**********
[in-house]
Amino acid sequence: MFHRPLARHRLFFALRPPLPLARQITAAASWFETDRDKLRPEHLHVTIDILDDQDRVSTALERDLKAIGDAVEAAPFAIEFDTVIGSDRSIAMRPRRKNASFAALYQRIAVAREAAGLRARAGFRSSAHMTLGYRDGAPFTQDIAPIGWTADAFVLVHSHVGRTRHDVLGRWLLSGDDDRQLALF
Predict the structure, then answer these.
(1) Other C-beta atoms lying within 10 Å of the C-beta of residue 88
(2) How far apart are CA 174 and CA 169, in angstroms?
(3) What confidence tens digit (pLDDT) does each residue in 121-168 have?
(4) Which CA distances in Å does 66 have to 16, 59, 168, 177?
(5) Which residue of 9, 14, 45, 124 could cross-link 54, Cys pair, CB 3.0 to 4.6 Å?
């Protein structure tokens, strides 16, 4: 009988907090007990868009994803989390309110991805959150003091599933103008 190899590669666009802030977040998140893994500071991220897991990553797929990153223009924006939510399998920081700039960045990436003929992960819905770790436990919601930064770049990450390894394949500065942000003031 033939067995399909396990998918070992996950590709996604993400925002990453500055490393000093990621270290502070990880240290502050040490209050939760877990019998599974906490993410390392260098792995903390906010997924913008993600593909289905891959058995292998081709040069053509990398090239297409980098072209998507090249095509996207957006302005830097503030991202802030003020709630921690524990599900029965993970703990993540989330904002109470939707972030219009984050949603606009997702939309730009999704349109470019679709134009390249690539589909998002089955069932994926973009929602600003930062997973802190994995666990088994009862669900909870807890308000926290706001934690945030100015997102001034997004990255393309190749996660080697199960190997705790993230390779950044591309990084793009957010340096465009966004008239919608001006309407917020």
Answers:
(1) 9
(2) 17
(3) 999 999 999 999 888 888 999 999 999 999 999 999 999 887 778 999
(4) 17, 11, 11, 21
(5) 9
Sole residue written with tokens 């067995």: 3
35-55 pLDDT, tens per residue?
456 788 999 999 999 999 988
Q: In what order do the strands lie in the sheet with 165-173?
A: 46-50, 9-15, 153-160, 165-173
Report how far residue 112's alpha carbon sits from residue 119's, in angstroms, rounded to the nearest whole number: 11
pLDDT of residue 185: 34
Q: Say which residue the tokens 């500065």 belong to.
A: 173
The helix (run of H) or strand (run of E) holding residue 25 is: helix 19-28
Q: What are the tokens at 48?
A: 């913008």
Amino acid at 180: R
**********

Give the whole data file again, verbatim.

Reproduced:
[in-house]
Amino acid sequence: MFHRPLARHRLFFALRPPLPLARQITAAASWFETDRDKLRPEHLHVTIDILDDQDRVSTALERDLKAIGDAVEAAPFAIEFDTVIGSDRSIAMRPRRKNASFAALYQRIAVAREAAGLRARAGFRSSAHMTLGYRDGAPFTQDIAPIGWTADAFVLVHSHVGRTRHDVLGRWLLSGDDDRQLALF
Predict the structure, then answer these.
(1) Other C-beta atoms lying within 10 Å of the C-beta of residue 88
(2) How far apart are CA 174 and CA 169, in angstroms?
(3) What confidence tens digit (pLDDT) does each residue in 121-168 have?
(4) Which CA distances in Å does 66 have to 16, 59, 168, 177?
(5) Which residue of 9, 14, 45, 124 could cross-link 54, Cys pair, CB 3.0 to 4.6 Å?
């Protein structure tokens, strides 16, 4: 009988907090007990868009994803989390309110991805959150003091599933103008 190899590669666009802030977040998140893994500071991220897991990553797929990153223009924006939510399998920081700039960045990436003929992960819905770790436990919601930064770049990450390894394949500065942000003031 033939067995399909396990998918070992996950590709996604993400925002990453500055490393000093990621270290502070990880240290502050040490209050939760877990019998599974906490993410390392260098792995903390906010997924913008993600593909289905891959058995292998081709040069053509990398090239297409980098072209998507090249095509996207957006302005830097503030991202802030003020709630921690524990599900029965993970703990993540989330904002109470939707972030219009984050949603606009997702939309730009999704349109470019679709134009390249690539589909998002089955069932994926973009929602600003930062997973802190994995666990088994009862669900909870807890308000926290706001934690945030100015997102001034997004990255393309190749996660080697199960190997705790993230390779950044591309990084793009957010340096465009966004008239919608001006309407917020």
Answers:
(1) 9
(2) 17
(3) 999 999 999 999 888 888 999 999 999 999 999 999 999 887 778 999
(4) 17, 11, 11, 21
(5) 9
Sole residue written with tokens 């067995």: 3
35-55 pLDDT, tens per residue?
456 788 999 999 999 999 988
Q: In what order do the strands lie in the sheet with 165-173?
A: 46-50, 9-15, 153-160, 165-173
Report how far residue 112's alpha carbon sits from residue 119's, in angstroms, rounded to the nearest whole number: 11
pLDDT of residue 185: 34
Q: Say which residue the tokens 């500065």 belong to.
A: 173
The helix (run of H) or strand (run of E) holding residue 25 is: helix 19-28
Q: What are the tokens at 48?
A: 């913008």
Amino acid at 180: R